Either from our prior posts here and here, or from the great posts from Stone and Baxter’s Plan Proponent blog or from Bracewell’s Basis Points blog, we all know the Supreme Court’s holding in ASARCO/: a strict interpretation of Section 330(a) of the Bankruptcy Code/ allows professionals to charge for the preparation of a fee application per Section 330(a)(6). But as there is no express statutory authority to charge the estate for defense of a fee application, the “American rule” prevails, requiring professionals to bear their own defense costs if a third party objects to the fees./
The cases following Asarco have all been sad days for bankruptcy professionals. As we have written, the Delaware Bankruptcy Court has rejected all arguments that Section 328 of the Bankruptcy Code, which allows the Court to approve reasonable contractual terms, could allow a contractual term (instead of Section 330(a)(6)) requiring the estate to bear the costs of defending a fee application./ Moreover, estate professionals cannot charge a fee of $X if there is no fee objection, and then an “upcharge” to $X plus $Y more if there is a fee objection./
The New Gulf Resources “upcharge” argument had the benefit of candor – it was precisely geared to prevent expensive fee disputes that punish innocent estate professionals who would not be paid for defending their fee applications. Judge Shannon acknowledged the “creative approach” but ruled there was no meaningful distinction between a “Fee Premium” upcharge and the attempted use of Section 328 that was rejected by Judge Walrath in In re Boomerang Tube, Inc./
But what about a more circuitous way around ASARCO? That is, a pre-petition fee structure of X, and a post-petition fee structure that charges more? The post-petition fee structure is not geared toward preventing fee disputes, but rather, simply compensates the professional more for all the problems of representing a company (or committee) in bankruptcy: delays in getting paid, holdbacks that seemingly last forever, risk of non-payment, and, of course, the risk of fee dispute. You readers, and we at the Bankruptcy Cave, know all too well that while representing an estate fiduciary is a wonderful experience, the months (years?) of nail-biting as to whether or how much you will be paid is a serious problem.
But do we instead have ASARCO’s revenge? That is, if New Gulf Resources rejects an upcharge in the event of a fee challenge, do ASARCO/New Gulf Resources extend to prevent an overall, generalized, non-specific increase in rates or a higher fee structure simply due to the fact of bankruptcy? We are about to see this play out in the In re SunEdison bankruptcy case.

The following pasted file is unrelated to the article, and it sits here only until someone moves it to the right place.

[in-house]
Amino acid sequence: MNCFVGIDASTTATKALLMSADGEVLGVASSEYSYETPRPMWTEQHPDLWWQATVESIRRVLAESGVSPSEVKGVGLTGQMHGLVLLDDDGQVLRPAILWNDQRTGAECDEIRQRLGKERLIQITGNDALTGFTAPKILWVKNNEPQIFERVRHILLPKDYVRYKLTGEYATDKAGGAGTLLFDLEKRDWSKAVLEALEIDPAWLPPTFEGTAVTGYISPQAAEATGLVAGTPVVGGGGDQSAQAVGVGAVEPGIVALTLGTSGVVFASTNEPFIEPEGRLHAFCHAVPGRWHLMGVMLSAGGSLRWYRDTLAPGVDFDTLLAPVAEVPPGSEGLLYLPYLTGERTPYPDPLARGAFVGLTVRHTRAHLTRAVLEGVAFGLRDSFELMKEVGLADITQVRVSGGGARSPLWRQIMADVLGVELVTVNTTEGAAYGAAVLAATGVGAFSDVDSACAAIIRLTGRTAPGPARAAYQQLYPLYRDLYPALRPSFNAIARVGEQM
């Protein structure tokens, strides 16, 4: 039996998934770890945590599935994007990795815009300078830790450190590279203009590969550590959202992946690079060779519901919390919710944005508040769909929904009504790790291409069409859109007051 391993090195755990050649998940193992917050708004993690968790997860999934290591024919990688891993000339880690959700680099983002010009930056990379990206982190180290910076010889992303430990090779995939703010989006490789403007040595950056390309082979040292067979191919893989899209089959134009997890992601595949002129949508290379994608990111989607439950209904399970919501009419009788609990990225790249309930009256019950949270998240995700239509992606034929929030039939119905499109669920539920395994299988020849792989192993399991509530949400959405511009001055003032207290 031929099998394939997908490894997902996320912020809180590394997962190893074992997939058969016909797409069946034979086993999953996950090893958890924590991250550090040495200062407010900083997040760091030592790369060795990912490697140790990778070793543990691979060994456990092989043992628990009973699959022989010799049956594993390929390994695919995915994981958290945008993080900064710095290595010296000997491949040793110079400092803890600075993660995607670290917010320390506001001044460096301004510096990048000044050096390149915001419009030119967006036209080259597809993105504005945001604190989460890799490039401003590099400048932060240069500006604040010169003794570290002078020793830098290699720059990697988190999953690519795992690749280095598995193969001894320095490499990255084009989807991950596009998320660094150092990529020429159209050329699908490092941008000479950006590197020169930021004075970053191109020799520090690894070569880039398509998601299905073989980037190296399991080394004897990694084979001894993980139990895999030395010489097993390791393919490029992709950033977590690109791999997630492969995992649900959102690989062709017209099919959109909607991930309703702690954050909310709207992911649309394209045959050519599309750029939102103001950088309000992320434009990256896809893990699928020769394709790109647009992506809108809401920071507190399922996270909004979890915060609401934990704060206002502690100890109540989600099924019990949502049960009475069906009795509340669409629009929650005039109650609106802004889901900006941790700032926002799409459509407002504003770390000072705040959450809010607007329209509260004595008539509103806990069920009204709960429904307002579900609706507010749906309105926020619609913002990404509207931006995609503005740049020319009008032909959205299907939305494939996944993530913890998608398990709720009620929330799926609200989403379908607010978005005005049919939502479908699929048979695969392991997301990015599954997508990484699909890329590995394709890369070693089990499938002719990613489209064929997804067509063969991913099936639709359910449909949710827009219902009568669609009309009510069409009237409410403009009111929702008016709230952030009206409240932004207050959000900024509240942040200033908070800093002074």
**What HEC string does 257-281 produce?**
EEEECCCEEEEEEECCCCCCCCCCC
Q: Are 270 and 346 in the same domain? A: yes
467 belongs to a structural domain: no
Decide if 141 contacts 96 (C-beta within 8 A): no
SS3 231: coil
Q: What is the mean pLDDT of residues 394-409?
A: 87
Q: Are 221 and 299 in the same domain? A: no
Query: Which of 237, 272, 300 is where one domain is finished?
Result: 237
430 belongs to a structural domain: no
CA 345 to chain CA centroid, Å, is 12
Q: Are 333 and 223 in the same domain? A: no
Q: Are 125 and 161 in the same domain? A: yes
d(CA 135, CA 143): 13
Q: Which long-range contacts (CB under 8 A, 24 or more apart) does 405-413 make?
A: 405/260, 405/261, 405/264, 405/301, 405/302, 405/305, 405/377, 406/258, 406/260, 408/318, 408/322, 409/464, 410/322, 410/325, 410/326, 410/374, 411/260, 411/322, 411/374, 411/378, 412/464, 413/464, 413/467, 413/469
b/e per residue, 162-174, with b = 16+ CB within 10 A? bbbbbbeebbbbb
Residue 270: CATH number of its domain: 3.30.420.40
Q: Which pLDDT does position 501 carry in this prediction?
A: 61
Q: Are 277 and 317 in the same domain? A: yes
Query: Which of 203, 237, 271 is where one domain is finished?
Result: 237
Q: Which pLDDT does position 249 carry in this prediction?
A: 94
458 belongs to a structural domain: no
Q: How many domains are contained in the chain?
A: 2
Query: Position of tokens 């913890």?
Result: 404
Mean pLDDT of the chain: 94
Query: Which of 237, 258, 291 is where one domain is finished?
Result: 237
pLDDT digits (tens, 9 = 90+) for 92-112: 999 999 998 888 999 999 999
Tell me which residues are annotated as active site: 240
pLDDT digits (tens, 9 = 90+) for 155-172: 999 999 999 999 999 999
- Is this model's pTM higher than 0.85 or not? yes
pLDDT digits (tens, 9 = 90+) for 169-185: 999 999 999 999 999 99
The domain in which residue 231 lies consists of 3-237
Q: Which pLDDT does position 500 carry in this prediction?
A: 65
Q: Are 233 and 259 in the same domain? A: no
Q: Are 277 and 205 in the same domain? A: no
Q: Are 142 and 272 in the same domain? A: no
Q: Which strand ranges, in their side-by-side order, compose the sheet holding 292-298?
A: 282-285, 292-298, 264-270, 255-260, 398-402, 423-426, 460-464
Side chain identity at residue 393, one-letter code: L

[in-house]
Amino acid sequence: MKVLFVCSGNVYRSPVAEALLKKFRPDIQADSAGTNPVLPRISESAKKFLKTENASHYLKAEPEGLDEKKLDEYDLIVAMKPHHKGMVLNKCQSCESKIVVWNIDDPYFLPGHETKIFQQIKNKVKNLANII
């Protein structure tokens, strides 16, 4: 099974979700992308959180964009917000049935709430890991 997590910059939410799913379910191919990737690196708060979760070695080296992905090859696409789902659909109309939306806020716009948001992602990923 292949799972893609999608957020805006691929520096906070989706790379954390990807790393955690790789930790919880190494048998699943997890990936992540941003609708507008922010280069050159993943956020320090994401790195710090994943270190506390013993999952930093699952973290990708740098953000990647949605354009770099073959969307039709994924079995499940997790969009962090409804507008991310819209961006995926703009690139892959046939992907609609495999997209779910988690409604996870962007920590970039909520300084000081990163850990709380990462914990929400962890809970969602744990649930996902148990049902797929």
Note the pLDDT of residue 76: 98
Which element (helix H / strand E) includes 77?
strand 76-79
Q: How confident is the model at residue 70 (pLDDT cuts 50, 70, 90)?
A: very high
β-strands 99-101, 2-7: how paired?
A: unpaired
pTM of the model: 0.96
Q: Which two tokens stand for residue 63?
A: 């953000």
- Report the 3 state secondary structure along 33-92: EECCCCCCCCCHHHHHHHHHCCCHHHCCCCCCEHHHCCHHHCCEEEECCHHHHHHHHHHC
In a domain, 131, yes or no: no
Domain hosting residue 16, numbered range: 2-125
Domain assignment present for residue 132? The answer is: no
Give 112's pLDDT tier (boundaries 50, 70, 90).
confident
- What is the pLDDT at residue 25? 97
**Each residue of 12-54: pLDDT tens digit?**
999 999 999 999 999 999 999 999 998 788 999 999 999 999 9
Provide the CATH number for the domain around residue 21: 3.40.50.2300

In SunEdison, debtor’s counsel had a pre-petition engagement letter providing the client with substantial percentage discounts as fees crossed certain hurdles./ However, upon filing for bankruptcy, a new engagement letter was written, charging the same hourly rates but eliminating the discounts./ The Office of the U.S. Trustee has hinted that it will cry foul, although noting that its objections may wait for the fee application stage, instead of requiring resolution at the time of approval of the retention application./ At least for now, the court has approved the retention of debtor’s counsel at the stated rates./
The U.S. Trustee’s objection has some appeal, we must say. If New Gulf Resources rejects an upcharge solely for fee objections, then how can an upcharge for any reason (or for no reason) be permissible simply due to the debtor filing for bankruptcy? At the same time, the U.S. Trustee’s approach concerns us greatly.
There are ample reasons to charge an estate fiduciary more than you would charge in the pre-petition period, or in an out-of-court workout, due to the added risks to estate professionals in bankruptcy./ Some of those are described above – the lack of a bankruptcy filing means you get paid on a schedule you and your client work out, not a schedule dictated by Section 331 and your local practice. Holdbacks are not customary outside bankruptcy. Hearings are not required to be paid. Clients will sometimes do you a solid and pay before year end, while courts move at their own pace. In addition, rather than having to satisfy the complaints and queries of many creditors, interested parties, or the Court (as you must in bankruptcy), outside of bankruptcy you only have to satisfy the client (and perhaps a lender that must approve expenditures) of the value and good purpose behind your services. And finally, assisting the client in a workout could lead to future work from that client, meriting a discount or alternative fee arrangement.
Inside bankruptcy, however, the debtor or committee will rarely be a future customer – a modern, hell-bent for leather, 363 sale case almost always mean your client is gone for good once the case is over. This is not the stuff that warrants discounts, and so we fully understand the position of debtor’s counsel in In re SunEdison.
This is a serious issue, and a potentially slippery slope. The position of the U.S. Trustee in In re SunEdison is a few dangerous steps away from arguing that the debtor (or committee) is entitled to “most favored nation” pricing from your law firm or advisory firm. Section 330 of the Bankruptcy Code requires bankruptcy fees to be commensurate with non-bankruptcy fees. But “commensurate” does not mean “identical,” by any means.